"They want ice cream."
Translation:De vill ha glass.
You need the ha when you want an object.
vill + verb in the infinitive = want. Jag vill sjunga = I want to sing.
vill ha + object = want. Jag vill ha glass = I want ice cream*.
This helped me understand how this works: vill + sjunga = want to sing vill + ha = want to have
Because when you want something, in Swedish you have to specify that you want to HAVE it (e.g. "De vill ha glass" "They want to HAVE ice cream"). However, I think (though I'm not 100% certain) that if what you want involves an action and not an object (such as "I want to go swimming") then "ha" isn't required - e.g. "Jag vill bada" :)
Because "vill" doesn't work like that. You have to state what you want too. "Vill" is merely an expression of will, not an expression of want.
How to say that "They want glass" (the container "ett glass", not the food "en glass")?
To begin with, if you say in English They want glass, you are not speaking about glass as a container, but as a material. If you want to ask for the container ett glas (notice there's only one s in it!) that would be De vill ha ett glas in Swedish and They want a glass in English.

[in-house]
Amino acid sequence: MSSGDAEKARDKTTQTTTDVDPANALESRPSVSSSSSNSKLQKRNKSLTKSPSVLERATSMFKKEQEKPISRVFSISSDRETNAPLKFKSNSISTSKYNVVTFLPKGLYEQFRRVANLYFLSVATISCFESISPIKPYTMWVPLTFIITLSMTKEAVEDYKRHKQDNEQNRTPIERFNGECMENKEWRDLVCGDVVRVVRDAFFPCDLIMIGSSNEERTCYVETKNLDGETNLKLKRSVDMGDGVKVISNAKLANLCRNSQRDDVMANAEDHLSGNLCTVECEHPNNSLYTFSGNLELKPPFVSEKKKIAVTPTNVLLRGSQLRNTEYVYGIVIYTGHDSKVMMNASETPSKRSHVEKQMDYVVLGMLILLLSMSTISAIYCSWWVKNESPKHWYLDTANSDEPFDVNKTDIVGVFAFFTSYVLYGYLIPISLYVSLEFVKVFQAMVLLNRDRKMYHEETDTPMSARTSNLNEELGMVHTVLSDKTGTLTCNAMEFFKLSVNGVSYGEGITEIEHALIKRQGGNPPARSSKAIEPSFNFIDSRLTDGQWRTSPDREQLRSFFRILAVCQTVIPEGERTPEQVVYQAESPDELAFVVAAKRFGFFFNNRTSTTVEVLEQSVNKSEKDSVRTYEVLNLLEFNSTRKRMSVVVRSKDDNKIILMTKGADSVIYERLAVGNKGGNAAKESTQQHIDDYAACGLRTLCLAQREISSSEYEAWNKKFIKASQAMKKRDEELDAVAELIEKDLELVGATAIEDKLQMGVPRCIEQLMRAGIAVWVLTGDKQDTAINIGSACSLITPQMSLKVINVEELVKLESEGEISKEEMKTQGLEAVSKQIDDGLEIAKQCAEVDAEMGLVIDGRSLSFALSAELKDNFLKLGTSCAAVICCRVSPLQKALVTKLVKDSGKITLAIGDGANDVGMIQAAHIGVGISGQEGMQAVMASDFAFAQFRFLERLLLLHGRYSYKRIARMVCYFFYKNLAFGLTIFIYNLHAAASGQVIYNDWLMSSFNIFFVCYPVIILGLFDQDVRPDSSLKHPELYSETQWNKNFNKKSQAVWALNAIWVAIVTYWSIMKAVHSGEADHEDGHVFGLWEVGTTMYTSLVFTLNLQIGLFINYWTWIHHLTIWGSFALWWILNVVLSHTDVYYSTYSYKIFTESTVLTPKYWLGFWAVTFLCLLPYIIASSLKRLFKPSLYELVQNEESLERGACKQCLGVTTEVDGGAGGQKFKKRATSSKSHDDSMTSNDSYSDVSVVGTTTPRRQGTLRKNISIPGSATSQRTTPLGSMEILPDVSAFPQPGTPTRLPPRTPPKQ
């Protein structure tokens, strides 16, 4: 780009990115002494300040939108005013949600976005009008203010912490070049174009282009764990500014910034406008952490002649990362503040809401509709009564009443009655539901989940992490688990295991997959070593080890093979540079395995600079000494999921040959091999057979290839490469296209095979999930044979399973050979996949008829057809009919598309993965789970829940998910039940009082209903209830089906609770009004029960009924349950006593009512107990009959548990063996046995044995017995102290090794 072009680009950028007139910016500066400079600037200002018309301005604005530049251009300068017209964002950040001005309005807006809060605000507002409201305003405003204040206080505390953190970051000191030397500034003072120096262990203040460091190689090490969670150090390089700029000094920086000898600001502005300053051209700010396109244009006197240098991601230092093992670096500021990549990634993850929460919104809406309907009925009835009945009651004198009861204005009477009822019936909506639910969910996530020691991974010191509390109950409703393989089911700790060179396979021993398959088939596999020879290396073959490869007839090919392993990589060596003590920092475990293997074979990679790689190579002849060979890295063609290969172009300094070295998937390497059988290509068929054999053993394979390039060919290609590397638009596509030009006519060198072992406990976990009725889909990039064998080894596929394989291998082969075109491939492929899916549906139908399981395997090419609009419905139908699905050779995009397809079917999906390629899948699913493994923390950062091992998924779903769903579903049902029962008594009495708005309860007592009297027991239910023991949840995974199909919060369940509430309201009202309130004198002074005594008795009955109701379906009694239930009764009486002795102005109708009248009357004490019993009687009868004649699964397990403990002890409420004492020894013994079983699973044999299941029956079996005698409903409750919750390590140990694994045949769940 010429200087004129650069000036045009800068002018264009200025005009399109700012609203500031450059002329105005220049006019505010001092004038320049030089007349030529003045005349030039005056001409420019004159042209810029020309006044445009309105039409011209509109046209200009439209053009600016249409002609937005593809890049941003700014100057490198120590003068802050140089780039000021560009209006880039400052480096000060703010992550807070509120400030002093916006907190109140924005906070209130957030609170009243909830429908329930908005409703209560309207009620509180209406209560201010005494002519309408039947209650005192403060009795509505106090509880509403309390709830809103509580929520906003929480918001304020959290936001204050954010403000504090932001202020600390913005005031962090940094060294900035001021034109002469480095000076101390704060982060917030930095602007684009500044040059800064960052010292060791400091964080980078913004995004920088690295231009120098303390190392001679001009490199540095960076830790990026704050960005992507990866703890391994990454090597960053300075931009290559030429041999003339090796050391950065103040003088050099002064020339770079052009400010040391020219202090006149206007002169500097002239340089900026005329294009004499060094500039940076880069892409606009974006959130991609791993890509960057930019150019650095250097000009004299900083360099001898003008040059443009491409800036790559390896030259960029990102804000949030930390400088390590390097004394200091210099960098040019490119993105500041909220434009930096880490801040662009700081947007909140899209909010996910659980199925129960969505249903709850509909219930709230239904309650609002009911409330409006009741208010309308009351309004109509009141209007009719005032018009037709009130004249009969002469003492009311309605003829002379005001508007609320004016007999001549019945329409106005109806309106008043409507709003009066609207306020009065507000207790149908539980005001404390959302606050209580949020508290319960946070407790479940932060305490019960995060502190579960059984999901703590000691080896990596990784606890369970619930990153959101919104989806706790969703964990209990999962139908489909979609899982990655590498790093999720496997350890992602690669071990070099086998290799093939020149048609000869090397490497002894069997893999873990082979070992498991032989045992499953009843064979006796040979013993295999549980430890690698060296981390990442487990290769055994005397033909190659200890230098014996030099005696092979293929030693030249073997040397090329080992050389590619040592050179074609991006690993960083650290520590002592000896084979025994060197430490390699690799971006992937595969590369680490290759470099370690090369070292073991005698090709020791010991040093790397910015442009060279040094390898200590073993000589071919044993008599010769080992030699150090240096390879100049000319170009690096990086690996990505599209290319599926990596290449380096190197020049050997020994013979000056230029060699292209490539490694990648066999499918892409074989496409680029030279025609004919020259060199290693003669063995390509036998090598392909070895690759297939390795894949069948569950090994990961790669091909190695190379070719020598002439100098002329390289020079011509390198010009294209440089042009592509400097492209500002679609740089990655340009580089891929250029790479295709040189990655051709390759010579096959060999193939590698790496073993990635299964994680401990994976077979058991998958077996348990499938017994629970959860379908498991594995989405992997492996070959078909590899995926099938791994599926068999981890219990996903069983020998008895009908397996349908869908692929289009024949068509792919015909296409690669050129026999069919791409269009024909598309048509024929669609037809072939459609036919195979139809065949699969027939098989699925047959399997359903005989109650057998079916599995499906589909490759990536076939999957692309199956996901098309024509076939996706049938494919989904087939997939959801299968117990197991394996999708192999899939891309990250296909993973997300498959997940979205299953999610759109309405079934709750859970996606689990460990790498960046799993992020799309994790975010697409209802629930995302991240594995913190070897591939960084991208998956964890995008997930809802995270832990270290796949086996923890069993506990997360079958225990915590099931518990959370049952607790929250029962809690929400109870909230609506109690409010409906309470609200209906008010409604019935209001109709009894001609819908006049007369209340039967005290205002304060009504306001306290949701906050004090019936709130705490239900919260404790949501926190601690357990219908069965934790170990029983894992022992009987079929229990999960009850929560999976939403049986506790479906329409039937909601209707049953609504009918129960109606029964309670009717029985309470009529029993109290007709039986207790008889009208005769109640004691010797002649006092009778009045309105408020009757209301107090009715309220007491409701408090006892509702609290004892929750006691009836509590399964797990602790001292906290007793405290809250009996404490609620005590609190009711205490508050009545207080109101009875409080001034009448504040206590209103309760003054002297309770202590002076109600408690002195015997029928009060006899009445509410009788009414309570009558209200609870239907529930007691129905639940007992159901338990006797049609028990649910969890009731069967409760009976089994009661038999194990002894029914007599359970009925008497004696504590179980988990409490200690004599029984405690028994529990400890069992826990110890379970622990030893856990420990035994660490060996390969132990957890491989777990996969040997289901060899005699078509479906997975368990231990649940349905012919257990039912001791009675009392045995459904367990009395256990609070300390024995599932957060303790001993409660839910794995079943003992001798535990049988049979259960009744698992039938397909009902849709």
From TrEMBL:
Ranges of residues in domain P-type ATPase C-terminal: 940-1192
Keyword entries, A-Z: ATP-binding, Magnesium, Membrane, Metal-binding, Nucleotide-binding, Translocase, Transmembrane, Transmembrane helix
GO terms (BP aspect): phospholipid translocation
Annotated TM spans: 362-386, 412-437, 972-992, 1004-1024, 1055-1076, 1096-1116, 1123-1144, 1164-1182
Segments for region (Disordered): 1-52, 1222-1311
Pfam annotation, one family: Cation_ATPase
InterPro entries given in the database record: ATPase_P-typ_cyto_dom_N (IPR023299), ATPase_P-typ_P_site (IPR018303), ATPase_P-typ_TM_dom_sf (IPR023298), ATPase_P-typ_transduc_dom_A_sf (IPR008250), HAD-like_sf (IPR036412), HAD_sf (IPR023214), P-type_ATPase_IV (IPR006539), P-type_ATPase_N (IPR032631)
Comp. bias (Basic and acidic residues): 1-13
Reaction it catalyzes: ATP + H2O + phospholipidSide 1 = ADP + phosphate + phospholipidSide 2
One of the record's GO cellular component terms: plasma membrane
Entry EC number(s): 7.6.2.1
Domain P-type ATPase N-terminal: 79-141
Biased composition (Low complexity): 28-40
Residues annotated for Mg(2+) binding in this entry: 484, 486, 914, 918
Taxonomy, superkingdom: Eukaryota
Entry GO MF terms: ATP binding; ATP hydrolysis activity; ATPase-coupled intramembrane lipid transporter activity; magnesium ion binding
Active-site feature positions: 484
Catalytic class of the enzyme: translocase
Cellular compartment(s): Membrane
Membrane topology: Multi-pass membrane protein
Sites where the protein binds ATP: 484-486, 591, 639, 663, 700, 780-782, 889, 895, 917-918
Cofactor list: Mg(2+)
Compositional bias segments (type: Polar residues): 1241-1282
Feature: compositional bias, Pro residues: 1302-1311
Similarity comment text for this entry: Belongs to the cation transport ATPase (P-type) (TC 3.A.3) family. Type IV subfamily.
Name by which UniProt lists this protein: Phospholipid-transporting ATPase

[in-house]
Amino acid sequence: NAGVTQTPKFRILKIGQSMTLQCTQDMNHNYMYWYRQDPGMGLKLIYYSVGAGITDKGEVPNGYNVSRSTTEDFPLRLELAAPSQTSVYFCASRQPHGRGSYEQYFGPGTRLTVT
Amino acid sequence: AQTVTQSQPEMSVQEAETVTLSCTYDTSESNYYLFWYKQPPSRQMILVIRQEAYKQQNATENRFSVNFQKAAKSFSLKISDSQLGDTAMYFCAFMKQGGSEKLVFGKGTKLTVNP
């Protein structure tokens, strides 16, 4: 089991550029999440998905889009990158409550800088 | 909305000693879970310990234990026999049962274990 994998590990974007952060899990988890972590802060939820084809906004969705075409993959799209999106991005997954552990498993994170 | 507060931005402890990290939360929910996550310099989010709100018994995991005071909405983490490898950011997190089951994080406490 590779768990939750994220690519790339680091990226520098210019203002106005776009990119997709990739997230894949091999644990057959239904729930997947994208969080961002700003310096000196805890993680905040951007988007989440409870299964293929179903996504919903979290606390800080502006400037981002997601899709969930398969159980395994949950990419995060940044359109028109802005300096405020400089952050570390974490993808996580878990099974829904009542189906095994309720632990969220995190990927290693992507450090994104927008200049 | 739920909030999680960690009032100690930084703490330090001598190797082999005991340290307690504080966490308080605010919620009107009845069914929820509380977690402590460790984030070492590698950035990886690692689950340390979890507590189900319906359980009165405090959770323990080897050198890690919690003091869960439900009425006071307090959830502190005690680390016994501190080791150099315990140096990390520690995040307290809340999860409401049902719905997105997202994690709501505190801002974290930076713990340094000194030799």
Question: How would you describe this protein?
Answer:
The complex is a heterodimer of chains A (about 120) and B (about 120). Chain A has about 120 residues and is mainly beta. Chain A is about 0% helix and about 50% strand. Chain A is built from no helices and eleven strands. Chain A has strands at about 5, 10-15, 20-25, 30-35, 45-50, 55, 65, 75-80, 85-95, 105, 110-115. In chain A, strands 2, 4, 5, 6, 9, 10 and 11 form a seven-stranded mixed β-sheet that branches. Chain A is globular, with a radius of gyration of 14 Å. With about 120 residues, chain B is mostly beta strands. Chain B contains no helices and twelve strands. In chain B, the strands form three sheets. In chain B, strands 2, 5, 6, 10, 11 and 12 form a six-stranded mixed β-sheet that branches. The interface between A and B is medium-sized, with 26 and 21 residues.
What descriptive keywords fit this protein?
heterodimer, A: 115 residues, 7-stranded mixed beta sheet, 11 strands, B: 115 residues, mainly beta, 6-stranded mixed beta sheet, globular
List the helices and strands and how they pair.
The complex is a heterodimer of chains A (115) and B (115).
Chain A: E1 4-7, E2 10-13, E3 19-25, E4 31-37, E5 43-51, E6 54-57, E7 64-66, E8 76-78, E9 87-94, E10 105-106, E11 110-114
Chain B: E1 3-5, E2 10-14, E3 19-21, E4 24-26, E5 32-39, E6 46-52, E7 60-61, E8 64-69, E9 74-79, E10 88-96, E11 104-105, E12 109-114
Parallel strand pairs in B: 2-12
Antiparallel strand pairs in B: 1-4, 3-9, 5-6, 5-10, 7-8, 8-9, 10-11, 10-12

If on the other hand they want the material glass, maybe for building a house or something, it would be They want glass in English and De vill ha glas in Swedish.
Because you can't have both verbs in the present tense. You have to have vill in present and ha in the infinitive.
When/how do you use 'skulle'? I know that 'Jag skulle vill ha glass' is a correct term for politely saying you want ice cream, but I don't know how it is used with other persons.
If you add the word "ha" to "vill", you get want. What does vill mean alone?
My guess is that it literally means "want to have". In English you can omit the have part when you want an object. "vill" alone kind of means "want" but needs a verb after it. If you want to say "I want to swim" you use "jag vill simma". I hope this is right, if not please someone correct me.